The aim of the drive is the destination. But, that does not mean that the navigator is free to ponder only the lake-house or the lagoon; the navigator must give clear directions, anticipate the obstacles, and attend to the very legitimate needs of the children in the backseat. To the extent that the navigator does this, and does so successfully, so much more pleasant the drive.
In brief: the intellect informs the will, which chooses well when it chooses according to the dictates of reason and not according to the dictates of the passions, though the passions themselves, guided by the wisdom of reason and directed toward what is good by the will, can elevate the experience of life’s joys.
So much for Virtue 101.
When it comes to considering student behavior using the framework of virtue as a pedagogical model, it would be a mistake to believe that virtue education should be excluded from public institutions on the grounds that it is overtly, or even subtly, religious in nature. Certainly it’s the case that religious schools who use virtue education believe that the goal of a virtuous life is sanctification, eternal friendship with God. But the concept of virtue is a wholly pagan — mostly Greek — one, adopted and adapted by religious institutions throughout history not primarily because it somehow explains the hidden mysteries of God, but because it very clearly explains the manifest mysteries of man.
It’s also important to understand that the adoption of a virtue education pedagogy does not have as its aim a kind of secular puritanism or neo-Stoicism. Far from it. Unlike modern discipline/behavioral programs that seek to mitigate negative behaviors, virtue education aims to habituate the human soul in the direction of a universally desirable good.
What is that universally desirable good? Happiness, of course: but of a kind that not even a perfect combination of emojis can represent. The result of living a virtuous life is “eudaimonia”, a Greek term which is often translated as “happiness” but would be better translated: “the lived experience of total human fulfillment” or, more simply: “human flourishing”.
To quote Aristotle, one among the chief pagan architects of virtue: “Happiness (eudaimonia) turns out to be the activity of the soul in accordance with virtue.” In the primary grades, training in virtue works as a response to misbehavior. But formation in virtue reframes the question of behavior in light of the attainment of desirable good rather than the reduction of an undesirable evil. What’s more, the goal of training in virtue is not the elimination of whatever emotions might cause a student to act out, but rather the right ordering and harnessing of the emotions in service of the good.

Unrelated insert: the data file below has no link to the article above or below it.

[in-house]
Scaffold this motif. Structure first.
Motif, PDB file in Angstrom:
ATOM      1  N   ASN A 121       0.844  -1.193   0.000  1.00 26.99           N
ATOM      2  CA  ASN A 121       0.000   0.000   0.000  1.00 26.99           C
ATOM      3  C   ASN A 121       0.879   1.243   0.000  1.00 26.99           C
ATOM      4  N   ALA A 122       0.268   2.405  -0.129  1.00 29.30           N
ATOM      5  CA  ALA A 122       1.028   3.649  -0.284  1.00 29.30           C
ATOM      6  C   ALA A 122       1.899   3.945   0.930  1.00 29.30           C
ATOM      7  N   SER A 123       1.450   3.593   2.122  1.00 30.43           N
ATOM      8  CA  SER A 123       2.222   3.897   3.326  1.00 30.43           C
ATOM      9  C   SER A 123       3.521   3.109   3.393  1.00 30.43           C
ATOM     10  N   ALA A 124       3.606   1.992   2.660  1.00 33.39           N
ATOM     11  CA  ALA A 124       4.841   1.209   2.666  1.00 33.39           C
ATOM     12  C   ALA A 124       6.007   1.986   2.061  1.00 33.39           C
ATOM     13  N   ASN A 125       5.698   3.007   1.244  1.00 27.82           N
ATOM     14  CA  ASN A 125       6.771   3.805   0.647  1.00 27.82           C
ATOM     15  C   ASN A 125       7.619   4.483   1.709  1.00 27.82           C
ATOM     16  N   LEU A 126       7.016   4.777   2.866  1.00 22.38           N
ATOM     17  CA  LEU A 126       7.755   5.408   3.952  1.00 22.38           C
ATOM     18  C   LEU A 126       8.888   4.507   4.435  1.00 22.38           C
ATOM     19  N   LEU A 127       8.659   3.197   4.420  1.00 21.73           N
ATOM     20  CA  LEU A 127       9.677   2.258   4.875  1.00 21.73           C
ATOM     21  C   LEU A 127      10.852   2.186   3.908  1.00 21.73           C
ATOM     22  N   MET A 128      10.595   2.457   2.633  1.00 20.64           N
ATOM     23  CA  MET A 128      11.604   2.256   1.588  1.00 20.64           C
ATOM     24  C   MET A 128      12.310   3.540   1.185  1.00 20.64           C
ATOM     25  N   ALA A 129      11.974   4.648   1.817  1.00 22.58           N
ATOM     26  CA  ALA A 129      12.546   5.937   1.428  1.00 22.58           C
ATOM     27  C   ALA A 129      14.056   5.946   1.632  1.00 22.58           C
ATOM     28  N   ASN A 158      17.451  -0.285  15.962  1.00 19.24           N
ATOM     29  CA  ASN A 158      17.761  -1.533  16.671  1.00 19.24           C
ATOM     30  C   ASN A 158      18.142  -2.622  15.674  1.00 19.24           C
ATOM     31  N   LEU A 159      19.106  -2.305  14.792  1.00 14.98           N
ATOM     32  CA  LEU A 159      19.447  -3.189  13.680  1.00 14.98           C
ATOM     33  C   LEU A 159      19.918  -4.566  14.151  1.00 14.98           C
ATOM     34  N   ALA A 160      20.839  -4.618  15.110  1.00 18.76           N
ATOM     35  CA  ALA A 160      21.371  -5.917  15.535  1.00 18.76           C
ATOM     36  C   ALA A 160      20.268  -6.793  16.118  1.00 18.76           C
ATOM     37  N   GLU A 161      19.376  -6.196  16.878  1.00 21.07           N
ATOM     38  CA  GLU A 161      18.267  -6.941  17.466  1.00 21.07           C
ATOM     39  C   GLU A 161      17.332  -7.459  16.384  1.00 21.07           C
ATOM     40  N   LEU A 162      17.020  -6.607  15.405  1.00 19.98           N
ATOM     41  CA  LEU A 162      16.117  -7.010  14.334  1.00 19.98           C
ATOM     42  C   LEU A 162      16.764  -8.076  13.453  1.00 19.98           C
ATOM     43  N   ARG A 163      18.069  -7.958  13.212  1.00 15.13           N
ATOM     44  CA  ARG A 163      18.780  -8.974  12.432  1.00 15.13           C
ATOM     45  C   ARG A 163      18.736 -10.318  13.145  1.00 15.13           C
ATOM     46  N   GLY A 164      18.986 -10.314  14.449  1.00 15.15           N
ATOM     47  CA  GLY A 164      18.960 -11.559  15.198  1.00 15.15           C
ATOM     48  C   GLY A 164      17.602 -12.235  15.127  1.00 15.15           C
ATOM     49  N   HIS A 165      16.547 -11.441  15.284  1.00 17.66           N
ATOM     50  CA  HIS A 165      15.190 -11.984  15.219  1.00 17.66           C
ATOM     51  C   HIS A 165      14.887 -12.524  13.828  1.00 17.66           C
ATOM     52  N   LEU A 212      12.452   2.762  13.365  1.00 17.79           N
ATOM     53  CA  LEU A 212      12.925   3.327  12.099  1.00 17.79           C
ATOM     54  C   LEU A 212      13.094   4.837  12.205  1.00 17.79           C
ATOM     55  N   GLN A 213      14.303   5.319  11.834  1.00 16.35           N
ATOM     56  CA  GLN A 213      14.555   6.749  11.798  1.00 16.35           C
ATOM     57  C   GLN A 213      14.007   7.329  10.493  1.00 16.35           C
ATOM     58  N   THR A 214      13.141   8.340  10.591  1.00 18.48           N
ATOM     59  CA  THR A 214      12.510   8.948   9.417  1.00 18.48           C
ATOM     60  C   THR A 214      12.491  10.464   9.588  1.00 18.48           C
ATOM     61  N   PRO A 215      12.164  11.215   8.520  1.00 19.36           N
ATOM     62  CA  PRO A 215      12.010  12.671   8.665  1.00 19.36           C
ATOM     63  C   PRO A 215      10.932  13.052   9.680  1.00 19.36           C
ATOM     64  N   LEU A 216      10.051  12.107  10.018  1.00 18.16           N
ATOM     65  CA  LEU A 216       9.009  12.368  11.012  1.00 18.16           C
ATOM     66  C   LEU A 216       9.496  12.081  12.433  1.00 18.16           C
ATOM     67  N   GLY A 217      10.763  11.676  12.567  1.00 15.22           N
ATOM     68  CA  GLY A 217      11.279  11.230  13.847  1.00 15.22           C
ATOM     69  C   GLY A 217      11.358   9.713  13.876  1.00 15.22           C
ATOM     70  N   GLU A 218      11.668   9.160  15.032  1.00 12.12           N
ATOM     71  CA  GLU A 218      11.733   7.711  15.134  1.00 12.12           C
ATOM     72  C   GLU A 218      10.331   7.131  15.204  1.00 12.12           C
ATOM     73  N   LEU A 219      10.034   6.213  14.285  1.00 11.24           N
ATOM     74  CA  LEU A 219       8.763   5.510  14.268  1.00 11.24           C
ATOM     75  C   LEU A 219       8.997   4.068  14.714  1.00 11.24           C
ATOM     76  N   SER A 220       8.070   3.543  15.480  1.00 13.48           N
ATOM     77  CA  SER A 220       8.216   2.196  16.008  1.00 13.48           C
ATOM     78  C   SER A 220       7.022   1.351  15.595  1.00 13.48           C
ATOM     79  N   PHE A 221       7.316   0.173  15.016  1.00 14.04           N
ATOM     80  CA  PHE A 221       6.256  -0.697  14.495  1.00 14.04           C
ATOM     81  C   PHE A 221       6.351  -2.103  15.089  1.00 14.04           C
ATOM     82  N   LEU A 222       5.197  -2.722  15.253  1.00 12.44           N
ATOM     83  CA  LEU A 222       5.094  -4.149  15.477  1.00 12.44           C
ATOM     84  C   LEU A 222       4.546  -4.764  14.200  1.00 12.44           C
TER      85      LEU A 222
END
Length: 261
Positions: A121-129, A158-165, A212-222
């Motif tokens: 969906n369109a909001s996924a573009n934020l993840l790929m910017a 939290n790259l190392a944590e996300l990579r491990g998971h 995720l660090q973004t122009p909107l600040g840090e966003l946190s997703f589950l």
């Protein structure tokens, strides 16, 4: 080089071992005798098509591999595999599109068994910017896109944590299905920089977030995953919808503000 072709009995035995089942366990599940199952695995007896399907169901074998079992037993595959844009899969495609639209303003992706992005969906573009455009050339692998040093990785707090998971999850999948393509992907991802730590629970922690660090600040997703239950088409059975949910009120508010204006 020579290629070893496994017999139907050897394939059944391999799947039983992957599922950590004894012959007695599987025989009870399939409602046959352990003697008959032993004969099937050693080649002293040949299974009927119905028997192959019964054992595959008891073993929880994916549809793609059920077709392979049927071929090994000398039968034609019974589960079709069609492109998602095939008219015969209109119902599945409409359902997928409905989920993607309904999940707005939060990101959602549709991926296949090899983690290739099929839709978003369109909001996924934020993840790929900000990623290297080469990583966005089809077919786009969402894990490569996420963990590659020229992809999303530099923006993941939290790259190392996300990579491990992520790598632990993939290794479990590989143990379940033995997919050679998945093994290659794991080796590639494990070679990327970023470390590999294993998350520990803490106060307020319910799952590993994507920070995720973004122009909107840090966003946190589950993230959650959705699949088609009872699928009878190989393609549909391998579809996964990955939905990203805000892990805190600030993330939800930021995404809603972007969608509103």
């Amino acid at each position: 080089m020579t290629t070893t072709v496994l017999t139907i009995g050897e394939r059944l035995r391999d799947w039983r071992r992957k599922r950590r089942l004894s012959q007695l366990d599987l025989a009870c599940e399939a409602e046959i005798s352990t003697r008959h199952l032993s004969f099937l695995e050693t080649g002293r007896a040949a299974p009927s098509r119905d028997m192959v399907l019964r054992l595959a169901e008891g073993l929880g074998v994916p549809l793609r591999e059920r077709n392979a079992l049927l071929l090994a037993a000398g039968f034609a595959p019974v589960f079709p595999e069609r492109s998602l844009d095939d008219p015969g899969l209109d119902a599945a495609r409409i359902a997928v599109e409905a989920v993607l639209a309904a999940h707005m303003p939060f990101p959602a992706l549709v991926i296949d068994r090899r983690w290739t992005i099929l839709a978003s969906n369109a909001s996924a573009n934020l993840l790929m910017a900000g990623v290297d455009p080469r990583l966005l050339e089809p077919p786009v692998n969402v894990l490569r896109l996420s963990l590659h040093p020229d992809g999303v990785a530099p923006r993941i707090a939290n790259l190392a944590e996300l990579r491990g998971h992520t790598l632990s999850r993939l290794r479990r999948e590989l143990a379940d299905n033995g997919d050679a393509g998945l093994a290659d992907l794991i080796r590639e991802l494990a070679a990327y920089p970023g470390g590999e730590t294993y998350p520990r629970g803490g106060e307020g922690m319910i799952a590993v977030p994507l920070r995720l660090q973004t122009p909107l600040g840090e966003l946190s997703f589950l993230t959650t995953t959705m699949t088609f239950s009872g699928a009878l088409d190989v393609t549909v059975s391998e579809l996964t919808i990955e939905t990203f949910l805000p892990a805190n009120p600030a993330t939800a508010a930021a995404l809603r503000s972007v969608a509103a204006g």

For all their merits, concepts like Restorative Justice and SEL will inevitably be replaced by the next new thing (which will also find little success) at least in part because most modern secular discipline programs are designed to operate within systems rather than respond to humans. Instead of couching student behavior within the larger framework of human nature that aims at true freedom and flourishing, schools have increasingly relied on bureaucratic structure, protocols, and procedures. But systems, by their very nature, aim at efficiency; and efficiency requires predictability. Humans, by contrast, are unique and unpredictable — all of us glorious and goofy one-offs. Which should remind us that every system designed for humans requires a piece of our humanity in exchange for efficiency.
And this is precisely the reason for so much confusion, frustration, and failure in modern educational discourse around questions of student behavior. Turns out, there are no systematic solutions to the challenges of educating 50 million young people by 3 million teachers in 130,000 schools. But then again, systems are seductive precisely because of their supposed efficiency. What teacher wouldn’t welcome an “If this, then that,” way of handling the most mysterious creatures on the planet: your average middle schooler?
Every attempt to outsource virtue by replacing it with a system fails to account for the nature and end of the human person, who is a thinking, choosing, feeling creature. It falsely imagines that the solution to Sam’s bad behavior will be found in the sufficiency of the system, rather than the sagacity of Sam’s soul. It focuses on the choices rather than the chooser, and provides Gabby with a set of desirable outcomes rather than ordering Gabby’s intellect, will, and passions toward what is good. In short: when it looks at the acorn, it willingly however unwittingly sacrifices the oak tree for the firewood.